In his closing statement for the defense on Wednesday, attorney Robert Cary ’86 said that his client, Parker Gilbert ’16, was not guilty of rape, and that the complainant’s claims were inconsistent with testimony from her former roommate.
“What happened was drunken, awkward college sex,” said Cary, of the firm Williams and Connolly. “It wasn’t sexual assault, it wasn’t rape.”
After nearly two weeks, during which the prosecution called 23 witnesses and the defense called four, the jury began deliberating around 3:30 p.m. on Wednesday. They will resume at 9 a.m. Thursday.
The jury will decide whether Gilbert, 21, is guilty beyond a reasonable doubt of five counts of aggravated felonious sexual assault against a female undergraduate student, 19, and one count of criminal trespass for entering her room uninvited in the early hours of May 2, 2013. Judge Peter Bornstein dismissed two other charges on Tuesday for insufficient evidence.
The Dartmouth does not identify alleged victims of sexual assault.
Gilbert, who is from London, is no longer enrolled in classes at the College. If convicted, he could serve up to 20 years in prison for each count of sexual assault.
Cary told the jury that the roommate’s testimony — that she heard whispering between Gilbert and the complainant in the latter’s room, followed by heavy breathing that she associated with sexual intercourse — was inconsistent with the complainant’s claims that she cried out in pain and that Gilbert used “forceful” and “hateful” words.
The only distinct phrase that the roommate heard was the alleged victim saying, “Don’t push me,” she testified last Thursday.
“This contradicts the complainant’s story,” Cary said, a story that “doesn’t make any sense.”
To preserve the complainant’s anonymity, The Dartmouth granted the complainant’s roommate and other floormates anonymity. The complainant’s roommate is a member of The Dartmouth staff.
Cary pointed to several conflicting points in the complainant’s testimony, like her statement to Hanover Police chief Frank Moran about her use of social media after the alleged assault and her “downplay” of her alcohol consumption that night when she spoke with a Dick’s House nurse. Cary showed the jury tweets and Instagram photos posted after the point she said she had stopped using those accounts.
Cary also noted that the complainant said in her testimony that she told Dick’s House nurses that she felt pain after the alleged assault. He then showed the nurse’s documents from Dick’s House, which stated that the complainant said she had no pain.
These inconsistencies, Cary said, stemmed from the fact that the complainant was influenced by friends, who encouraged her to go to be examined, and that she was “confused” after drinking that night.
“She was drinking fast,” he said, referring to witness testimony of her alcohol consumption that night, which included shots of vodka and games of flip cup with beer.
Cary called the alleged victim’s claim of a sneak attack “absurd,” saying that Gilbert made eye contact with the complainant’s roommate when he entered her section of the two-room double.
He added that examinations at Dick’s House showed no evidence of tearing or bruising.
“This case is filled with reasonable doubt,” he said. “Gilbert is an innocent person. This story doesn’t make sense.”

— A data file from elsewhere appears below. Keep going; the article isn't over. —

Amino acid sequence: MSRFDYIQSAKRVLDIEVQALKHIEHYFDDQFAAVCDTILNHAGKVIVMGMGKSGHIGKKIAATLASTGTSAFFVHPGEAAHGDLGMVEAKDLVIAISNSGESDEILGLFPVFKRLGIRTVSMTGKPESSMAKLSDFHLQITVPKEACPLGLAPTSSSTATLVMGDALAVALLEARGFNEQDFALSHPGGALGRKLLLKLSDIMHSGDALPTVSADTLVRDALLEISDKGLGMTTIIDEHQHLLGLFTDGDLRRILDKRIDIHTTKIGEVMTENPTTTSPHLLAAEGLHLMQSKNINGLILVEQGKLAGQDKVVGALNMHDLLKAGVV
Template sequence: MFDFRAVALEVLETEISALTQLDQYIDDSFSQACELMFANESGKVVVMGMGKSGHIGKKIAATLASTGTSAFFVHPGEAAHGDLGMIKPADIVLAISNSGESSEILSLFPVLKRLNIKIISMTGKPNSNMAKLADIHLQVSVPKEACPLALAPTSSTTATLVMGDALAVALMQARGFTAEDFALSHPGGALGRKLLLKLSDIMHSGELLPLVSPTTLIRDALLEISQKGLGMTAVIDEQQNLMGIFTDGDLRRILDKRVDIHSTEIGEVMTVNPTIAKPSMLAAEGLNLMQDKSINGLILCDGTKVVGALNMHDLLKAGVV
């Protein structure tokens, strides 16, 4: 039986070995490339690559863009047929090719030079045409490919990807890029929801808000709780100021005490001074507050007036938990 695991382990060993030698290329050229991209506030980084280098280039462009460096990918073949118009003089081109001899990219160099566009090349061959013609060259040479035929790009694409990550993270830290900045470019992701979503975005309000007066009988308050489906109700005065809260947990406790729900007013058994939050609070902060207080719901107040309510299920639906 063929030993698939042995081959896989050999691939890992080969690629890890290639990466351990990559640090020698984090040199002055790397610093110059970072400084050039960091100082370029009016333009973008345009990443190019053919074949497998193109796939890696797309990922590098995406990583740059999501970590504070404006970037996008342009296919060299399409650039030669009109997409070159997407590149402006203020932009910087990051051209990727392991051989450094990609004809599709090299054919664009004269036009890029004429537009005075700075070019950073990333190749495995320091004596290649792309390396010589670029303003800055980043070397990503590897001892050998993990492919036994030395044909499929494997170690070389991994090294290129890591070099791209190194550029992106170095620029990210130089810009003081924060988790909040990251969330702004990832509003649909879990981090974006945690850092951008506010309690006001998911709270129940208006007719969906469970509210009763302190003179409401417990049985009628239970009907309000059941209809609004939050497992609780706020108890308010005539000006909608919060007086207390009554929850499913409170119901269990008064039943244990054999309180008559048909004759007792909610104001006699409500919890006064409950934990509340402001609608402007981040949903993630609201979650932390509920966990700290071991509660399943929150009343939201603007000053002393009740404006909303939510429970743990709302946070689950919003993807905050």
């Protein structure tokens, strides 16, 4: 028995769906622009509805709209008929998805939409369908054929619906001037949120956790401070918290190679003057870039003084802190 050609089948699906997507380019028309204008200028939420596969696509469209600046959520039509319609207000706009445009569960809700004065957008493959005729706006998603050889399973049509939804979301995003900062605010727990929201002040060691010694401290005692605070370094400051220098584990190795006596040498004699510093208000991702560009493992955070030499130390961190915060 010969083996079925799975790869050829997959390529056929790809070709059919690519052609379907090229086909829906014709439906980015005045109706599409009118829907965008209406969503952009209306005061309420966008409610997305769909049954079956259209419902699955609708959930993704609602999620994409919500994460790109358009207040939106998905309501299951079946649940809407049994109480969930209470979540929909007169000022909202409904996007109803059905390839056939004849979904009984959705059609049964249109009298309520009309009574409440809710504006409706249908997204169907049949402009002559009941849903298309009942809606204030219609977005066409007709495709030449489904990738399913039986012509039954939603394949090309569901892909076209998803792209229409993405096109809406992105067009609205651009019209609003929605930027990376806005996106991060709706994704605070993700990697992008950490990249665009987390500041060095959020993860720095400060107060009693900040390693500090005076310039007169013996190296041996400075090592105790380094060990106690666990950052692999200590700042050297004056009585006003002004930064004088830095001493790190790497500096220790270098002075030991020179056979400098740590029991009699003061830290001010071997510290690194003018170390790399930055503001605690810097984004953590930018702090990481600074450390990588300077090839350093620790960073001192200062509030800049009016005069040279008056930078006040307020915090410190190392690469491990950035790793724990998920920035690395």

During the state’s rebuttal, assistant county prosecutor Paul Fitzgerald said that the complainant had no motive to fabricate the story. The complainant realized, he said, that “if you make a false report, your time at Dartmouth is over.”
He said that she felt Dartmouth was her home so did not lock her door. The complainant “went to bed thinking she was safe,” only to wake up in the early morning of May 2 and find Gilbert raping her.
“The defendant went in, sneaked in, uninvited to [the alleged victim’s] room and sexually assaulted her and sodomized her,” Fitzgerald said.
He emphasized the trauma experienced by the complainant, saying that she did not sleep in her room following the alleged assault, and that she had spoken in detail about the event during her examinations, in the courtroom and with the prosecution.
Fitzgerald called the social media posts presented by the defense irrelevant.
“That has nothing to do with what happened to her,” he said.
The complainant, Fitzgerald said, did not give consent, and said “no.” He said that she fell to the ground at one point, and Gilbert told her to get back in the bed, and also used physical force against her.
“Whatever she says about ‘no,’ it’s not registering,” Fitzgerald said. “He’s not done yet.”
Fitzgerald repeated the roommate’s statement that she heard the complainant say, “Don’t push me.” He said that Gilbert acted knowingly “every step of the way,” from not knocking on the door to sneaking in the complainant’s room.
He told the jury that the complainant was “terrified” and vomited at the sight of Gilbert when she saw him outside Psi Upsilon fraternity a day after the alleged assault.
He pointed to Gilbert’s May 4 email to the complainant, in which he said he must have acted “inappropriately” and that intoxication was “no excuse,” as evidence of his awareness of his actions the night of the alleged assault.
Gilbert realized, Fitzgerald said, that he needed to “reach out and try to shut her up.”
“If there’s anything I can do,” Gilbert had written, “please let me know.”
“He sent the email because he didn’t want to face her,” Fitzgerald said.
Cary and Fitzgerald spoke for about 45 minutes each Wednesday. The jury reconvenes at 9 a.m. today.
Editor’s note (June 15, 2014): Gilbert was acquitted of all charges on March 27, 2014. For a full story, click here.